Tuesday, 24 March 2020

Bullet journal

I started a bullet journal over a week ago. It's not for planning, but in practice a diary with one liner explanations of mostly "important" stuff done, including game project entries for each time I'm working on them. I can't plan for the future, but bujo is making decisions easier to do, because each of them is a branch that takes you closer to some goal, or not.

It has already revealed that my life is quite boring. I knew that, but when you look at the entries back in time it strangely becomes more tangible. The way you can "plan" is change things, create new type of entries with activity that is somehow different than before. It's also forcing me to do at least something each day, rather than fall into my default mode which is watching youtube videos.

I think this is really nice tool for roguelike developers for sure, and it's something I wish I had figured out much earlier. Like most of the things anyway. I guess you can write journal to a text file, but my bullet journal is an actual physical notebook.

Tuesday, 25 February 2020

Game object systems

While designing a small engine for C# roguelike I've tried to figure out how to implement the object system. ECS (entity component system) is a typical way to handle it, but I don't like it. It's "simple" only from the surface, because the structure of code doesn't have to reflect the object hierarchy. You can add components (I would rather call them properties) to a base object class and that's it. No need to think about complex class hierarchy etc.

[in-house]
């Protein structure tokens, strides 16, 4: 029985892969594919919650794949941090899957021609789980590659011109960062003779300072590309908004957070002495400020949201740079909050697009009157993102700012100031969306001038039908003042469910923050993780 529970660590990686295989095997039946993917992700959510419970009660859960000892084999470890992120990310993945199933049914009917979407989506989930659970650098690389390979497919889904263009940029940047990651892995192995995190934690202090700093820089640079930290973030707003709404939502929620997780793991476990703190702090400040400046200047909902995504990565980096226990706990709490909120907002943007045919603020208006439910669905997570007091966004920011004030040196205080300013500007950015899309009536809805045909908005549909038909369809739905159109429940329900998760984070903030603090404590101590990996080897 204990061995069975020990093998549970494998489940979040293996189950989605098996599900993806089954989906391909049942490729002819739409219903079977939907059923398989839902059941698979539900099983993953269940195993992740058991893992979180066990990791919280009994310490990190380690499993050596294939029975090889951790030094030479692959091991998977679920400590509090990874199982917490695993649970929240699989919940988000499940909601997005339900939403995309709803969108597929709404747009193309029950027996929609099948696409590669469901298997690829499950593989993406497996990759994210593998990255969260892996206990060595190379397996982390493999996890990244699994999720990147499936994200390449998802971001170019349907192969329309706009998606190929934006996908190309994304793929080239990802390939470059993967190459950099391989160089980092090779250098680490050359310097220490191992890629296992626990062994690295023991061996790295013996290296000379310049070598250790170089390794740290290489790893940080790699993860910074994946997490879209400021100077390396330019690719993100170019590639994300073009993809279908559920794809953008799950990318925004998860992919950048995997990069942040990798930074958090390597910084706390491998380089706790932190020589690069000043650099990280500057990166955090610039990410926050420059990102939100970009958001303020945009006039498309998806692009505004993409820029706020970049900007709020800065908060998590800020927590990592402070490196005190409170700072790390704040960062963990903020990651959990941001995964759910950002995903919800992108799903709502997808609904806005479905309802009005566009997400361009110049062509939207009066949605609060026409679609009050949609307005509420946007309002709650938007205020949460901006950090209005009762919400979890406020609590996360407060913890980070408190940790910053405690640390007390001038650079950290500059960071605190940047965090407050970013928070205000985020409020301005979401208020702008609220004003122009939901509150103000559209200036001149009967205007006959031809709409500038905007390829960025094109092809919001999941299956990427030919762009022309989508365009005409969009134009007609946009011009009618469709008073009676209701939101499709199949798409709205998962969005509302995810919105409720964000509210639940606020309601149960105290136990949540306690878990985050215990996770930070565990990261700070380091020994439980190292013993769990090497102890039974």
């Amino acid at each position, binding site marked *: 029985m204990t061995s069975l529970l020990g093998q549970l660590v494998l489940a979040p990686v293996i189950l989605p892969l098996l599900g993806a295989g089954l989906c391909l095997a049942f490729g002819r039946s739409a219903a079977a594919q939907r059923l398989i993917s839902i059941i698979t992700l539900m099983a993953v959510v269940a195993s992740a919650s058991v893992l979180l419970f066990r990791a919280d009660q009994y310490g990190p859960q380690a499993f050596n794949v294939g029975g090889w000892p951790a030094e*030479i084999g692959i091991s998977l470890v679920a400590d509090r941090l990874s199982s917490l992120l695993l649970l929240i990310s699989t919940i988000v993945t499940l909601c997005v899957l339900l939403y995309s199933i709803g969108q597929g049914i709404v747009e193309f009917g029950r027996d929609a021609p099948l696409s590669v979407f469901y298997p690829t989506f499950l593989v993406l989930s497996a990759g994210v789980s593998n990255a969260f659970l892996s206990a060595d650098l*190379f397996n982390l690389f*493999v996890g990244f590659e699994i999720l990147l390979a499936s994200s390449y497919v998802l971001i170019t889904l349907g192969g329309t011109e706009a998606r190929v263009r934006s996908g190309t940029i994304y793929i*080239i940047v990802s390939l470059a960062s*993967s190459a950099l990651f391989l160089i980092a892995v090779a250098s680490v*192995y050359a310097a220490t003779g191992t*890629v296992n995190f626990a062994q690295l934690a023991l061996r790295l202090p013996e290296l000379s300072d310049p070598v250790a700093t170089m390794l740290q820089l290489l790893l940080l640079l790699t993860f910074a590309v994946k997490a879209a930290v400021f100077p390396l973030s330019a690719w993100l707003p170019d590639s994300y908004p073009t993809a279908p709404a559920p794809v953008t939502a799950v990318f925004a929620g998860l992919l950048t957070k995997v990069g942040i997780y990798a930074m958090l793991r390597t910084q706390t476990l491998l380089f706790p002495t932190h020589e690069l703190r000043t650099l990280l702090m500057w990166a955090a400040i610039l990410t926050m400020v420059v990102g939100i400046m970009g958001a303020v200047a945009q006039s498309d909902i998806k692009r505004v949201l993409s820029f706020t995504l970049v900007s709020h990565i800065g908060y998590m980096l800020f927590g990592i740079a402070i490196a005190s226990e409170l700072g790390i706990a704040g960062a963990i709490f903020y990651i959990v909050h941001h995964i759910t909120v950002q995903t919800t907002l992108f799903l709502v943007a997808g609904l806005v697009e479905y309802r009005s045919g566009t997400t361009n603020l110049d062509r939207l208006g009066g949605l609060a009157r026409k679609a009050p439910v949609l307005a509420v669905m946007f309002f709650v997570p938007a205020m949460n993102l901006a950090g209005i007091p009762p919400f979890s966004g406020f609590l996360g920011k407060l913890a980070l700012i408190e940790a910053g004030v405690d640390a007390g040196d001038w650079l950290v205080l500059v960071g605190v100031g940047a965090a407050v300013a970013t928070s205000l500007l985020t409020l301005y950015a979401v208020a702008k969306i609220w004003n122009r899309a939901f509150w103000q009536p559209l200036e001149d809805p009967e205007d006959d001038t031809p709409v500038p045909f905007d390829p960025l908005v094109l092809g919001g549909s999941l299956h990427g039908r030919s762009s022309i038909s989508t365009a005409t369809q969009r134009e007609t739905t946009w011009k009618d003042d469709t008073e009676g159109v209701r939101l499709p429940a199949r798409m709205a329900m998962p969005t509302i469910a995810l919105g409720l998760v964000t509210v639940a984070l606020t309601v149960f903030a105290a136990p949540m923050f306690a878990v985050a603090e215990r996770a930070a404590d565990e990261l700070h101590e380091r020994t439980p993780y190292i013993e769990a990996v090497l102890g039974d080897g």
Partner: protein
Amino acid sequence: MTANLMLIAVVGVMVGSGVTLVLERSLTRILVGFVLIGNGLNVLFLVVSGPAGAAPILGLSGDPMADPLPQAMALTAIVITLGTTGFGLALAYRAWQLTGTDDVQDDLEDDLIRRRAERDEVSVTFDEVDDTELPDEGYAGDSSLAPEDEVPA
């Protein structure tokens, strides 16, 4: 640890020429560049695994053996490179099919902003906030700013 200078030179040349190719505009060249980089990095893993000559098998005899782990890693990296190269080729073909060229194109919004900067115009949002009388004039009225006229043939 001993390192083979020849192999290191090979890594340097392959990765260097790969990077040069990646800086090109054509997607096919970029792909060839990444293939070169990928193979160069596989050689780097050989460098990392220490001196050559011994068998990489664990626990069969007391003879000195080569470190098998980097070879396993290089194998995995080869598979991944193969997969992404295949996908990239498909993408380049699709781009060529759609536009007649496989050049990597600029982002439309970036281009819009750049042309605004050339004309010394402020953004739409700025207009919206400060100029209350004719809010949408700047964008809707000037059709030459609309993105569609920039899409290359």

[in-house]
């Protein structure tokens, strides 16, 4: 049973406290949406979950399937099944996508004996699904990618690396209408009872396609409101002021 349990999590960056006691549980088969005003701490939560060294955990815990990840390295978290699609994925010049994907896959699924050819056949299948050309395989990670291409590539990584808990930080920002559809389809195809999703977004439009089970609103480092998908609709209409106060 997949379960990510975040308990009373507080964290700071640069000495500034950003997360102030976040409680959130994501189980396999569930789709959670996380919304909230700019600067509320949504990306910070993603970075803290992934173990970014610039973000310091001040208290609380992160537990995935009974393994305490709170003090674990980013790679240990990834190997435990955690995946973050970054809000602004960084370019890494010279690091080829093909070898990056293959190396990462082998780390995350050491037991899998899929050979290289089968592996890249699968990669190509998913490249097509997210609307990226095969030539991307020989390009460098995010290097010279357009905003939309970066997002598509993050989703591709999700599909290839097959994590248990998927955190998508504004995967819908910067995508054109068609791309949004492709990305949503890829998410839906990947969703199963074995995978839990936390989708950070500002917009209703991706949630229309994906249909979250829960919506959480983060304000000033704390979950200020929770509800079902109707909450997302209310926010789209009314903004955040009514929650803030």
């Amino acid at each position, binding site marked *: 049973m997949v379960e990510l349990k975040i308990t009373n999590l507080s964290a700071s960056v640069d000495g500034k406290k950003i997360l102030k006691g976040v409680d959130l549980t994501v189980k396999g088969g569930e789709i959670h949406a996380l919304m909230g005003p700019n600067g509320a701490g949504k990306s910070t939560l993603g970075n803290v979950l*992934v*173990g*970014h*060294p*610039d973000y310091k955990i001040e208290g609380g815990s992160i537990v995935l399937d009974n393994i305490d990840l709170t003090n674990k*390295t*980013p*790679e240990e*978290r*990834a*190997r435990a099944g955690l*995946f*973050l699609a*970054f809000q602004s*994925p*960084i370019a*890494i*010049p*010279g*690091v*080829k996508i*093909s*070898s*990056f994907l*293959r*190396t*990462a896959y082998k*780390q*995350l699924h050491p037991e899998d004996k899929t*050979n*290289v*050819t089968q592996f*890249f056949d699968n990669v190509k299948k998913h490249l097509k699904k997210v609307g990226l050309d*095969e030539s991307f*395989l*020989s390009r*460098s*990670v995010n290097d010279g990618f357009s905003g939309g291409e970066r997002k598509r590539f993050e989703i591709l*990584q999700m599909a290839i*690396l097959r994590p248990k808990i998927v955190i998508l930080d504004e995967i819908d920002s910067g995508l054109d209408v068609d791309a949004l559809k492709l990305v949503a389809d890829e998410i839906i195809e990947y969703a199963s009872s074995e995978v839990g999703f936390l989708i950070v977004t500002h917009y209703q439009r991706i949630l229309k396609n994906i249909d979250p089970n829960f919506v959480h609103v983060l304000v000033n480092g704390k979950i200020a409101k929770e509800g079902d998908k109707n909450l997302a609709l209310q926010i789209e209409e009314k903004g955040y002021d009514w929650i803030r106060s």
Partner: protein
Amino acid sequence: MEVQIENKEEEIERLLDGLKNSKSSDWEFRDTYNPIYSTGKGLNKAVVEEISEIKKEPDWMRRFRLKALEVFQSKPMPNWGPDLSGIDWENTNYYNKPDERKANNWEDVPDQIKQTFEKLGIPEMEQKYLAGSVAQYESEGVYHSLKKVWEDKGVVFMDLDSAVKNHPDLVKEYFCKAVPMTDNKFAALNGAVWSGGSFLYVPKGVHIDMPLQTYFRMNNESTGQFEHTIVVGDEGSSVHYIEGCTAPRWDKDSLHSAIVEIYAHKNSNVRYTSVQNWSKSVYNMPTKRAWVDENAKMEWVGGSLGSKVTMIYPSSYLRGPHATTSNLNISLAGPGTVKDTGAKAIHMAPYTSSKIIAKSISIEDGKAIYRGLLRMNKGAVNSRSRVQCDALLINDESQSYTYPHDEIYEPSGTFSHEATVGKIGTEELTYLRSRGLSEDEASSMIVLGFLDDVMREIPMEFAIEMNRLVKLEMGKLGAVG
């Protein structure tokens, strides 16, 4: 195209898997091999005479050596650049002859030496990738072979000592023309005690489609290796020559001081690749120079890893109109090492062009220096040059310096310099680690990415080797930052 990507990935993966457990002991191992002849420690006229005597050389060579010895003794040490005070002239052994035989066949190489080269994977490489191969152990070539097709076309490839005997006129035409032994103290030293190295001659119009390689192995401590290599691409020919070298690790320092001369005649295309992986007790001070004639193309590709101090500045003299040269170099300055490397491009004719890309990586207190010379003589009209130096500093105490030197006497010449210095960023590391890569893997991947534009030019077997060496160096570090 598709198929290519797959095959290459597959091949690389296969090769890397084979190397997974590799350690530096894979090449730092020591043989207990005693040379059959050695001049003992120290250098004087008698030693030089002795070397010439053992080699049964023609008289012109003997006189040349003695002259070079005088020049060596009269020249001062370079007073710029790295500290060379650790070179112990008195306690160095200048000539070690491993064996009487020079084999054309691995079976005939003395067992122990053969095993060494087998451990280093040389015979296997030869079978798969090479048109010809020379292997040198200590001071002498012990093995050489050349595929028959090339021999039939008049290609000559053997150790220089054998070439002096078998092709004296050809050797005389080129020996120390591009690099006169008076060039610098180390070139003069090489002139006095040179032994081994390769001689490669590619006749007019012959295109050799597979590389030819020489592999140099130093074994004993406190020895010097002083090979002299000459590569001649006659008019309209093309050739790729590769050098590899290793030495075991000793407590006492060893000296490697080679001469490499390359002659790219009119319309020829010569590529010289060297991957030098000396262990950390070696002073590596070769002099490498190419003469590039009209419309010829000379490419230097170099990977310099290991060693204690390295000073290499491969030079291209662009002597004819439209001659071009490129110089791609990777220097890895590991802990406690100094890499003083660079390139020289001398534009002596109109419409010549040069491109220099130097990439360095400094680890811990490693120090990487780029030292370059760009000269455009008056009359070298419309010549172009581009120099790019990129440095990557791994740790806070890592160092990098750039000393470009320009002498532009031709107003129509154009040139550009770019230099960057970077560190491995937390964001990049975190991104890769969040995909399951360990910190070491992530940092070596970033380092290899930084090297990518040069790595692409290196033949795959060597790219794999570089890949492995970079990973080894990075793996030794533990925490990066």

But, it's actually modeling the same amount of complexity anyway. There are people who always parrot the meme "use composition over inheritance" which I find quite annoying. If you think about a component, let's say a container. You would add it to a class and use it something like object.container.PutItem(); Yet, if you inherit from a container class and then use it like object.PutItemInContainer(); it's in practice the same thing. The only difference is that when you use inheritance you need to create larger and more rigid class hierarchy. I bet those parroting people never actually created a full class hierarchy for game objects, they just assume it's "ridiculous" etc. even it's simply modeling the same amount of complexity.

My guess is that it makes sense to use class hierarchy for things that don't change in the game object, and property/component list for external things that can be added and removed from the object. The roadblock in this design is that C# only implements single inheritance. Although you could somehow create such a simple class hierarchy that it doesn't need multiple inheritance by adding some things as components. It's a shame that Microsoft didn't include multiple inheritance to C#, because in my mind it is one of the core principles of object-oriented programming. It's like removing GOTO from BASIC language, because they think it's bad. C# does have interface, but I'm still trying to understand how it could replace multiple inheritance, because just by reading about it I don't get the concept.

I think it's a tempting idea to use a simple object class with component model, but I would rather accept the fact that it's a complex system and try to approach it that way. In OO languages it's quite silly to avoid actual object-oriented style, but that's what many people are doing. Then they complain that object-oriented languages are bad (C++ obviously the worst). Even though we have much less success from using something like pure functional languages in game programming.